Journal of Nuclear Medicine 09/2012; 53(10):1625-32. · 5.77 Impact Factor
  • Source
    [Show abstract] [Hide abstract]
    ABSTRACT: The prognosis of medullary thyroid carcinoma (MTC) varies from long- to short-term survival based on such prognostic factors as serum calcitonin and carcinoembryonic antigen (CEA) doubling times (DTs). This prospective phase II multicenter trial evaluated the efficacy and safety of anti-CEA pretargeted radioimmunotherapy (pRAIT) in rapidly progressing metastatic MTC patients and also how serum biomarker DTs correlate with clinical outcome. From June 2004 to January 2008, 42 patients were treated with anti-CEA × anti-diethylenetriaminepentaacetic acid (DTPA) bispecific antibody (hMN-14 × m734) (40 mg/m(2)), followed by (131)I-di-DTPA-indium bivalent hapten (1.8 GBq/m(2)) 4-6 d later. The disease control rate (durable stabilization plus objective response) was 76.2%. Grade 3-4 hematologic toxicity was observed in 54.7% of patients and myelodysplastic syndrome in 2, including 1 heavily treated previously. After pRAIT, 21 of 37 assessed patients (56.7%) showed a significant impact on DT (≥100% increase of pre-pRAIT calcitonin or CEA DT or prolonged decrease of the biomarker concentration after pRAIT). Pre-pRAIT DT and post-pRAIT DT were significant independent predictors for overall survival (OS) from pRAIT (pre-pRAIT: hazard ratio [HR], 0.46; 95% confidence interval [CI], 0.24-0.86; P = 0.016; and post-pRAIT: HR, 5.32; 95% CI, 1.63-17.36; P = 0.006) and OS from diagnosis (pre-pRAIT: HR, 0.21; 95% CI, 0.08-0.51; P = 0.001; and post-pRAIT: HR, 6.16; 95% CI, 1.81-20.98; P = 0.004). pRAIT showed antitumor activity, with manageable hematologic toxicity in progressive MTC. Increased biomarker DT after treatment correlated with increased OS.
    Journal of Nuclear Medicine 06/2012; 53(8):1185-92. · 5.77 Impact Factor
  • Edmund A Rossi, David M Goldenberg, Chien-Hsing Chang
    [Show abstract] [Hide abstract]
    ABSTRACT: Protein engineering technologies involving site-specific conjugation of two or more modular components can expand the existing repertoires that can be produced recombinantly or by chemical conjugation. The dock-and-lock (DNL) method combines recombinant engineering with site-specific conjugation, allowing the construction of various complex, yet defined, biostructures with multivalency and multispecificity. The technology platform exploits the natural interaction between two interactive human protein binding domains that are modified to provide covalent fusion. It has been validated by the production of various bioconjugates, including trivalent, tetravalent, pentavalent, and hexavalent antibodies of monospecificity or bispecificity; polyvalent immnocytokines; and site-specifically PEGylated cytokines. Here we assert that the DNL method is a useful tool in the development of novel therapeutic and diagnostic agents from both proteins and non-proteins for unmet medical needs.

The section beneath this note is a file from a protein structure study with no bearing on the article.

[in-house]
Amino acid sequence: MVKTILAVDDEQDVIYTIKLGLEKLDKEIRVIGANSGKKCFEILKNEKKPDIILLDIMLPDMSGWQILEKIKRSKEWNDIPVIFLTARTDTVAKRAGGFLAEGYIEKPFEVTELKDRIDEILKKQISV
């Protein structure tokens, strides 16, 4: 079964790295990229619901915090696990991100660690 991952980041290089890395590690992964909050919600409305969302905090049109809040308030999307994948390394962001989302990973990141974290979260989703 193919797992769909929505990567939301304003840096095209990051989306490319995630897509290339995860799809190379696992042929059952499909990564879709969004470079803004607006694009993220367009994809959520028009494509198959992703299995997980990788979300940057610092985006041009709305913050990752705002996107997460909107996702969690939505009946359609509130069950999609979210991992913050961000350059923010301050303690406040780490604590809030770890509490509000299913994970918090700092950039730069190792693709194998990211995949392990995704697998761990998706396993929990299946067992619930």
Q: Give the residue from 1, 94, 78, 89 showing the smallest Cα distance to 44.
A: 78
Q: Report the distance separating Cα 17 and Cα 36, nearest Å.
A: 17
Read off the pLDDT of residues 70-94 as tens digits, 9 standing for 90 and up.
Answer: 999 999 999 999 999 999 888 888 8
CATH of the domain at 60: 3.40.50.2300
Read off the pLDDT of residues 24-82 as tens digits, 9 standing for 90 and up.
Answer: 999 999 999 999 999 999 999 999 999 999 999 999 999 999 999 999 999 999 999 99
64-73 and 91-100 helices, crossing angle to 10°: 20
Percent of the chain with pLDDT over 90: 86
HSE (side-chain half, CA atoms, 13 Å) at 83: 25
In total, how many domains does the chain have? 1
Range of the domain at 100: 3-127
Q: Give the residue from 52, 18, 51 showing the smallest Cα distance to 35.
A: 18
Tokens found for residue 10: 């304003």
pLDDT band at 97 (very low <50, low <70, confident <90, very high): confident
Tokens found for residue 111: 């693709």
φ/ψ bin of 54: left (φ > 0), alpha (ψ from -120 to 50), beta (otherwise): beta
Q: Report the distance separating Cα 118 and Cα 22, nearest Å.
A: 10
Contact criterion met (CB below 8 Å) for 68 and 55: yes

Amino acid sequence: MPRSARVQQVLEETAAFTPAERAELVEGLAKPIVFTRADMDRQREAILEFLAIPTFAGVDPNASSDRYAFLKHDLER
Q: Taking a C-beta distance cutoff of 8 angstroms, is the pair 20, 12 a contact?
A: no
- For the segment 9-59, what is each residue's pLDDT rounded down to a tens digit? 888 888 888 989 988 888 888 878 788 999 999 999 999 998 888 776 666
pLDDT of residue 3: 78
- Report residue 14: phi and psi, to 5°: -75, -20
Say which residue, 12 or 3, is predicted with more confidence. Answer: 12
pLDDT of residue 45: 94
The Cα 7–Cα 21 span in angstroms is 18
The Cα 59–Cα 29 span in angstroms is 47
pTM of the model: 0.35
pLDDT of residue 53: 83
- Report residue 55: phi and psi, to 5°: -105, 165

Trends in Pharmacological Sciences 06/2012; 33(9):474-81. · 9.25 Impact Factor
  • [Show abstract] [Hide abstract]
    ABSTRACT: Bispecific antibody pretargeting is a two-step procedure for selectively delivering radionuclides to tumors. The procedure was developed to solve a number of problems encountered when radionuclides are directly coupled to an IgG, such as slow blood clearance and delayed tumor accretion. While various forms of antibody fragments can reduce blood pool activity and provide faster tumor localization, tumor uptake is reduced considerably. In pretargeting procedures, the radionuclide is attached to a small molecule that quickly traverses the vascular barrier to reach the tumor cells, achieving maximum accretion within 0.5 to 1.0 h. Just as quickly, it is eliminated from the body, thereby minimizing tissue exposure and developing high tumor/tissue ratios very early. In order to capture the radionuclide in the tumor, a bispecific antibody (bsMAb) that binds to the tumor and to the isotope carrier (e.g., a hapten-peptide) is pre-administered some time earlier. The pretargeting procedure has been shown repeatedly to improve tumor localization as compared to directly radiolabeled antibodies, thereby enhancing both imaging and therapy. In this article, we review the progress our group has made toward developing and testing bsMAb pretargeting systems for cancer detection and therapy.
    Tumor Biology 03/2012; 33(3):591-600. · 2.52 Impact Factor
  • Source
    [Show abstract] [Hide abstract]